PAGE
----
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    ABSTRACT: Previous research has shown that replacing up to 5% [of dietary dry matter (DM)] corn with cane molasses can partially alleviate milk fat depression when cows are fed high-concentrate, low-fiber rations containing dried distillers grains with solubles. The primary objective of this study was to determine whether dietary molasses alters milk fatty acid (FA) profile or improves solids-corrected milk yield in the context of a more typical lactation diet. A secondary objective was to assess production responses to increasing rumen-degradable protein supply when molasses was fed. Twelve primiparous and 28 multiparous Holstein cows (196 ± 39 d in milk) were blocked by parity and assigned to 4 pens. Pens were randomly allocated to treatment sequence in a 4 × 4 Latin square design, balanced for carryover effects. Treatment periods were 21 d, with 17 d for diet adaptation and 4 d for sample and data collection. Treatments were a control diet, providing 20% dried distillers grains with solubles (DM basis), 35% neutral detergent fiber, 30% starch, and 5% ether extract; a diet with 4.4% cane molasses replacing a portion of the corn grain; a diet with 2.9% molasses supplement containing 32% crude protein on a DM basis; and a diet with 5.8% (DM basis) molasses supplement. Animal-level data were analyzed using mixed models, including the fixed effect of treatment and the random effects of period, pen, period × pen interaction, and cow within pen to recognize pen as the experimental unit. Diets did not alter DM intake, milk production, milk component concentration or yield, feed efficiency (DM intake/milk yield), body weight change, or milk somatic cell count. Milk stearic acid content was increased by the diet containing 5.8% molasses supplement compared with the control diet and the diet containing 2.9% molasses supplement, but the magnitude of the effect was small (12.27, 11.75, and 11.69 ± 0.29 g/100 g of FA). Production data revealed a dramatic effect of period on milk fat content and yield. Milk fat content decreased during the course of the experiment (least squares means = 3.16, 2.81, 2.93, and 2.64 ± 0.09% for periods 1 to 4, respectively), as did milk fat yield (1.20, 1.03, 0.98, and 0.79 ± 0.05 kg/d). Exchanging molasses-based products for corn at 2.9 to 5.8% of dietary DM did not influence productivity and had minute effects on milk FA profile. The limited responses in this study may have been influenced by dietary unsaturated FA content or the advancing stage of lactation of cows in the study.
    Journal of Dairy Science 04/2014; · 2.57 Impact Factor
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    ABSTRACT: Novel corn milling co-products developed from technological advancements in ethanol production vary widely in chemical composition and nutrient availability. The objectives of this study were to characterize feed protein fractions and evaluate differences in rumen-undegradable protein (RUP) and its digestible fraction (dRUP), amino acid concentration, and in vitro gas production of 7 corn milling co-products. The crude protein (CP; % of dry matter) of co-products was 12.7 for germ, 26.9 for dried distillers grains plus solubles that had no heat exposure before fermentation (DDGS1), 45.4 for high-protein dried distillers grains (HPDDG), 12.7 for bran, 30.2 for wet distillers grains plus solubles (WDGS), 23.1 for wet corn gluten feed (WCGF), and 26.0 for dried distillers grains plus solubles that had heat exposure before fermentation (DDGS2). Two ruminally and duodenally fistulated Holstein steers weighing 663+/-24 kg were used to determine RUP and dRUP with the in situ and mobile bag techniques. Samples of each feed were ruminally incubated for 16 h, and mobile bags were exposed to simulated abomasal digestion before insertion into the duodenum and subsequent collection in the feces. Protein fractions A, B(1), B(2), B(3), and C were characterized as follows (% CP): germ=30.0, 15.0, 38.1, 13.5, 3.4; DDGS1=17.0, 7.0, 67.0, 4.8, 4.2; HPDDG=7.4, 0.6, 82.4, 8.8, 0.8; bran=33.5, 4.0, 54.3, 6.0, 2.2; WDGS=18.6, 2.4, 53.1, 11.0, 14.9; WCGF=36.6, 15.9, 33.2, 10.1, 4.1; and DDGS2=17.9, 2.1, 41.1, 11.1, 27.9. The proportions of RUP and dRUP were different and are reported as follows (% CP): DDGS2=56.3, 91.9; HPDDG=55.2, 97.7; WDGS=44.7, 93.1; DDGS1=33.2, 92.1; bran=20.7, 65.8; germ=16.5, 66.8; and WCGF=11.5, 51.1. The concentrations of Lys and Met in the RUP were different and are listed as follows (% CP): germ=2.9, 2.0; DDGS1=1.9, 2.0; HPDDG=2.0, 3.2; bran=3.2, 1.5; WDGS=1.9, 2.3; WCGF=3.5, 1.6; and DDGS2=1.9, 2.4. In vitro gas production (mL/48h) was highest for germ (52.1) followed by bran (50.1), WDGS (40.7), DDGS2 (40.1), WCGF (39.0), DDGS1 (38.6), and HPDDG (37.5). Comparison of co-products defined differences in chemical composition, protein fractionation, ruminal availability, and microbial fermentation.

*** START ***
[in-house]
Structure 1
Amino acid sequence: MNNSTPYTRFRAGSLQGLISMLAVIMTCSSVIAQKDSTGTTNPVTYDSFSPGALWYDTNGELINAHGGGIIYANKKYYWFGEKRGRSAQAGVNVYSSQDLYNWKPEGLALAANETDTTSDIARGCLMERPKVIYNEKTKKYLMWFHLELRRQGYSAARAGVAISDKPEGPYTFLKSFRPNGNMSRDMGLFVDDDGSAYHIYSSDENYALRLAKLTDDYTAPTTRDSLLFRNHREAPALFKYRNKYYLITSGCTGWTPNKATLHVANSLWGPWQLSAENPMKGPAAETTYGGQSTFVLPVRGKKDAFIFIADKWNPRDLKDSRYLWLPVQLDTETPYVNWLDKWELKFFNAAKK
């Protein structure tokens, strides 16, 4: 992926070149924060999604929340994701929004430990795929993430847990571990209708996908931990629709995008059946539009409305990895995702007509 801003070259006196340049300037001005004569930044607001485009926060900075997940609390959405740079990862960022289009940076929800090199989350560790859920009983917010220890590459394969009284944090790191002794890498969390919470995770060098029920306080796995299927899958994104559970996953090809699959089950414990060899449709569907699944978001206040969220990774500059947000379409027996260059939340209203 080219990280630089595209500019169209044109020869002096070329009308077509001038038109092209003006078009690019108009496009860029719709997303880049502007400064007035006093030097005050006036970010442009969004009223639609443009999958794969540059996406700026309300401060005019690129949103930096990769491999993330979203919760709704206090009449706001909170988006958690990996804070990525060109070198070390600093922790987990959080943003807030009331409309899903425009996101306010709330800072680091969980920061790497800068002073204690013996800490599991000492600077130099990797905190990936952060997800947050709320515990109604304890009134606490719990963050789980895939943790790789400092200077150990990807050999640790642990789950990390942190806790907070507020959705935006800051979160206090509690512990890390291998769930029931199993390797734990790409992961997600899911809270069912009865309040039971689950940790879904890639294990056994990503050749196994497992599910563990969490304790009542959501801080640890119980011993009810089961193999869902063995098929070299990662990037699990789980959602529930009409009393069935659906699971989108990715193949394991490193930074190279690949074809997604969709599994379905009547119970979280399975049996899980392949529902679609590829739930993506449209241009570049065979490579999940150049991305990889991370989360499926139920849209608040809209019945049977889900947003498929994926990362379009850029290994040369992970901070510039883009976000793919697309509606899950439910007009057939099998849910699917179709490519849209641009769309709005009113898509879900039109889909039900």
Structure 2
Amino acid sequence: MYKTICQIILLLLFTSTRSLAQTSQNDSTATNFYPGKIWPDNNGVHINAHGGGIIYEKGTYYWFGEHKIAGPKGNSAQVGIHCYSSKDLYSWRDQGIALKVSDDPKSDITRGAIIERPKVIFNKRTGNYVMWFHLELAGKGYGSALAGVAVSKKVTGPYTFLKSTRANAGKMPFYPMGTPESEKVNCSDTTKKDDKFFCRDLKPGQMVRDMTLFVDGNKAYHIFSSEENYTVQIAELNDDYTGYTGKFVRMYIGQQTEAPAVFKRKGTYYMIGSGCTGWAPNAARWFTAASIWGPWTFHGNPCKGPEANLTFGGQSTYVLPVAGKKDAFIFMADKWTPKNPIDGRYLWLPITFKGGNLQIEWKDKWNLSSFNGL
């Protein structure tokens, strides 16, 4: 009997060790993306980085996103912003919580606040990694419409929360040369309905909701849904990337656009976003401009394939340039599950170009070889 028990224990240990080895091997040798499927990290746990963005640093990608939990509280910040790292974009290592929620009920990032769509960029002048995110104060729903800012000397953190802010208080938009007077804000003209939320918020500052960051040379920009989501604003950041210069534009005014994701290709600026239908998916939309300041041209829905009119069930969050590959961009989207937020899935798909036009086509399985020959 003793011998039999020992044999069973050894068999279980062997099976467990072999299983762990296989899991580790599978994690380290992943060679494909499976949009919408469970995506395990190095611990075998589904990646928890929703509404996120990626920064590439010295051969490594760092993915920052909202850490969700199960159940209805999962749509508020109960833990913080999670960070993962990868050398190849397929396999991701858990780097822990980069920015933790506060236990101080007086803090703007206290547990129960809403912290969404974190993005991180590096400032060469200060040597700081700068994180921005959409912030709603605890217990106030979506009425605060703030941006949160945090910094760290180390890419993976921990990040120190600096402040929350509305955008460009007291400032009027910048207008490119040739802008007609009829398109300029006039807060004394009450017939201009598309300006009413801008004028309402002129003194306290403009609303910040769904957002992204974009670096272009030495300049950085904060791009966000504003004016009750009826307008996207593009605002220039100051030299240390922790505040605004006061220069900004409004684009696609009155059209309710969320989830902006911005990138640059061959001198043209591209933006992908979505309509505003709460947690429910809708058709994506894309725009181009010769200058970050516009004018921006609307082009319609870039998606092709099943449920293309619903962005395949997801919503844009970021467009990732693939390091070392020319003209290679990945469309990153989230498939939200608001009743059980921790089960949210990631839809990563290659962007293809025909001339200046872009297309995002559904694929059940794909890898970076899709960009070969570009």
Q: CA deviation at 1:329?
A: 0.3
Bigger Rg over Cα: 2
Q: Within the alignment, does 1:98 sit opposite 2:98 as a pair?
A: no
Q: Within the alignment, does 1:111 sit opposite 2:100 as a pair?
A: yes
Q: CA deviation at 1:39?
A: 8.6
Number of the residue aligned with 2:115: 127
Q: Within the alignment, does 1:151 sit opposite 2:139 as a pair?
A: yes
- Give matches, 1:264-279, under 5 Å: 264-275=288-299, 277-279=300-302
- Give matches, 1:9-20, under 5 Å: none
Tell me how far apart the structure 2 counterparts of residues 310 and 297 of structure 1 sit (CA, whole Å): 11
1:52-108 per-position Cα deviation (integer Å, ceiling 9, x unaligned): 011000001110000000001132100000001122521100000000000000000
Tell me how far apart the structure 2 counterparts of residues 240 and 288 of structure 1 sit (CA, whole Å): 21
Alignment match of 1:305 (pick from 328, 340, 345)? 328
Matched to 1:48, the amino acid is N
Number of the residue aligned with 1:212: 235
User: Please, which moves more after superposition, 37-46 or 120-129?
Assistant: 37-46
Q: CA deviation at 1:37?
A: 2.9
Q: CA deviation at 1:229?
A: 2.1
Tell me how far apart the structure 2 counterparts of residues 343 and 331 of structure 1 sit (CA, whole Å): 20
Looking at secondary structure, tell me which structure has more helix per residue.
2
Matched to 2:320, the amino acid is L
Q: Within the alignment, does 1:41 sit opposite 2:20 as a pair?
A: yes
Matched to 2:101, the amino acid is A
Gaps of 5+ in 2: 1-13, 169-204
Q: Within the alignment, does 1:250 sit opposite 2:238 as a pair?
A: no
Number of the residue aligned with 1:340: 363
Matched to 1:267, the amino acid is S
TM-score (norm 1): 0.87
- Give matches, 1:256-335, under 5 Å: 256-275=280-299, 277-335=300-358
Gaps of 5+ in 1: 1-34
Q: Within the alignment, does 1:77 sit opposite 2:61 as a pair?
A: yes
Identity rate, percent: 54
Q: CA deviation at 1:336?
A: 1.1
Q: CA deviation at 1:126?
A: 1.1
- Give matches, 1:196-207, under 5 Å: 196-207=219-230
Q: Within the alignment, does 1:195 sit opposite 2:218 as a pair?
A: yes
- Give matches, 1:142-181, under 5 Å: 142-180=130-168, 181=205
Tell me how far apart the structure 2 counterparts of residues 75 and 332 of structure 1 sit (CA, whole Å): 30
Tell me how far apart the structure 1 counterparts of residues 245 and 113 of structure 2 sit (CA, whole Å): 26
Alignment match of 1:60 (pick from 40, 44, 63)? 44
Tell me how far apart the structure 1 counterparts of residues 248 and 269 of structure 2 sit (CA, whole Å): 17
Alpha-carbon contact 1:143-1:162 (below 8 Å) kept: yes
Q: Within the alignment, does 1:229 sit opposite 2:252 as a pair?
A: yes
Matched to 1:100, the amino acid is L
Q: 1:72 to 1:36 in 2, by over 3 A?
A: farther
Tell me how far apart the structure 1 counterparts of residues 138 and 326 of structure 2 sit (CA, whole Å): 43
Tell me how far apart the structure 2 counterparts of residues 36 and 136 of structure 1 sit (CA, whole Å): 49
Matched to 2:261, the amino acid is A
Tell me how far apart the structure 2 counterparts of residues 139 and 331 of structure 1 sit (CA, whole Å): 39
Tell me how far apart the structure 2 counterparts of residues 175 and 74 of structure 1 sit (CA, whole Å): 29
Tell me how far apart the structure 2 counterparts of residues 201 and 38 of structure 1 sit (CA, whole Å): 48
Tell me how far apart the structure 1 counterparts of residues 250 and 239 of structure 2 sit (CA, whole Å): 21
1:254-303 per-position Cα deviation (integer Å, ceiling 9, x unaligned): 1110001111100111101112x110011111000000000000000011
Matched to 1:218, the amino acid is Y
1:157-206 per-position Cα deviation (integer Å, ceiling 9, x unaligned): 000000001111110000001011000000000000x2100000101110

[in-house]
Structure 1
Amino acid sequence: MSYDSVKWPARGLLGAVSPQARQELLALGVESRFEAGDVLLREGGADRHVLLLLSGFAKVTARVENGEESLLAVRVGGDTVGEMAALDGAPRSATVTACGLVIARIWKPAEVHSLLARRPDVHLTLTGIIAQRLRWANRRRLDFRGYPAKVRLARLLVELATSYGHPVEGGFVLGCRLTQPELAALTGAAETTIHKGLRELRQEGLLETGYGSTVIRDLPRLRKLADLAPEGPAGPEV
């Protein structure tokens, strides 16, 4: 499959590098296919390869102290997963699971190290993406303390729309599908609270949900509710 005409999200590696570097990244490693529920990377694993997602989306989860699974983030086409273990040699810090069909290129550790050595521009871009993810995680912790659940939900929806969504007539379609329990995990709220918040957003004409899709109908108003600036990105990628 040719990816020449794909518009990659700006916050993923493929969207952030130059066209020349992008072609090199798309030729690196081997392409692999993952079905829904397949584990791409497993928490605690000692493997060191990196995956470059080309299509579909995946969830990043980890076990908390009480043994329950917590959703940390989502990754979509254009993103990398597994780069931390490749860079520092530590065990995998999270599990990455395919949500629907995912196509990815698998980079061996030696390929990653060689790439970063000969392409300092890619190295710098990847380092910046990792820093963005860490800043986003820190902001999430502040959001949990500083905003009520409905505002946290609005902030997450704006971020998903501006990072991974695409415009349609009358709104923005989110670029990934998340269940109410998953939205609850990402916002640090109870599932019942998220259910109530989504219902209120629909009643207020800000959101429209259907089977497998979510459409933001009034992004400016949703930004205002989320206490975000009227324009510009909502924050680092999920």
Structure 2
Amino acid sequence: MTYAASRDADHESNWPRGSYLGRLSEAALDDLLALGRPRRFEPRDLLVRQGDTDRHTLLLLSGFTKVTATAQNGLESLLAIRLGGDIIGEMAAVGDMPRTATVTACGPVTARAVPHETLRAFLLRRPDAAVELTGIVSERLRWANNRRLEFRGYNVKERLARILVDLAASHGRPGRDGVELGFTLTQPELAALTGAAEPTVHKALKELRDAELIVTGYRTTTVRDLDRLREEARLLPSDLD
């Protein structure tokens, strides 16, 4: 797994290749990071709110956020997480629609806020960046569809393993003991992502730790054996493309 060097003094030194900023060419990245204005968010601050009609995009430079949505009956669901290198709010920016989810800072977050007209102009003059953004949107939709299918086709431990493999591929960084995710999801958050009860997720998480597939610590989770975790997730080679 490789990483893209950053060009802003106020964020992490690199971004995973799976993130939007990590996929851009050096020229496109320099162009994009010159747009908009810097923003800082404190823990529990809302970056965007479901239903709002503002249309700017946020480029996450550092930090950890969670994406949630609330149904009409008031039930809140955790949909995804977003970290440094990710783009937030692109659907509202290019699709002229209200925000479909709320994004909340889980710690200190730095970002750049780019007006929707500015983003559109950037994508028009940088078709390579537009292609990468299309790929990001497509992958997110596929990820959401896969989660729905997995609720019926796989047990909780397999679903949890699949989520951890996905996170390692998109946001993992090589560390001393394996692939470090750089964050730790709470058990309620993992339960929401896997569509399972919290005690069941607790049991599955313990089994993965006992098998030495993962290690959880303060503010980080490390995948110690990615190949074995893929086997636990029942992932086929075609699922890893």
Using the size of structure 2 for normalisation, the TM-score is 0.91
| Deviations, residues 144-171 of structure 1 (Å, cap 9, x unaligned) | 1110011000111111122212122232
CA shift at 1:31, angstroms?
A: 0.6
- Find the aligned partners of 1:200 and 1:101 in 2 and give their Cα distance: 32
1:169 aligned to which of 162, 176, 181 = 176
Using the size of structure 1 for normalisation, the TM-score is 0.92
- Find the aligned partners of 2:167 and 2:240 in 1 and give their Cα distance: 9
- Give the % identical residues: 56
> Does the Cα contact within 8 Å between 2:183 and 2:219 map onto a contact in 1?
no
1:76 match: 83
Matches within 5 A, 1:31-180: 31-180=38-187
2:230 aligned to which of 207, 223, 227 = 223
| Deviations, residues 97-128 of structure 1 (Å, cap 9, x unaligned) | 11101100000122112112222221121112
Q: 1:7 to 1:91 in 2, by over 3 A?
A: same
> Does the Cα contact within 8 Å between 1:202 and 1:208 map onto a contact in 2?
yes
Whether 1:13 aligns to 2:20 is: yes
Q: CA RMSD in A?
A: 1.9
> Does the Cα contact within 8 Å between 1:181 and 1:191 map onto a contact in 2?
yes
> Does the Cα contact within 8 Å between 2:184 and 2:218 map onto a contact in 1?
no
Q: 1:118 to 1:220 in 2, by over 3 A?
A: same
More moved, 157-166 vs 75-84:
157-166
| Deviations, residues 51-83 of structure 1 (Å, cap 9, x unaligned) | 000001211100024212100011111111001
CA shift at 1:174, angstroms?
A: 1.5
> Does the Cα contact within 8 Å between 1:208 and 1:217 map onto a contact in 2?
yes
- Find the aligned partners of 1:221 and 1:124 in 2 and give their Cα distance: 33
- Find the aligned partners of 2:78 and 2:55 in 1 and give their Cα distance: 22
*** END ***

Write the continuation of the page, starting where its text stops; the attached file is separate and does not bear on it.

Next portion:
Journal of Dairy Science 06/2010; 93(6):2803-15. · 2.57 Impact Factor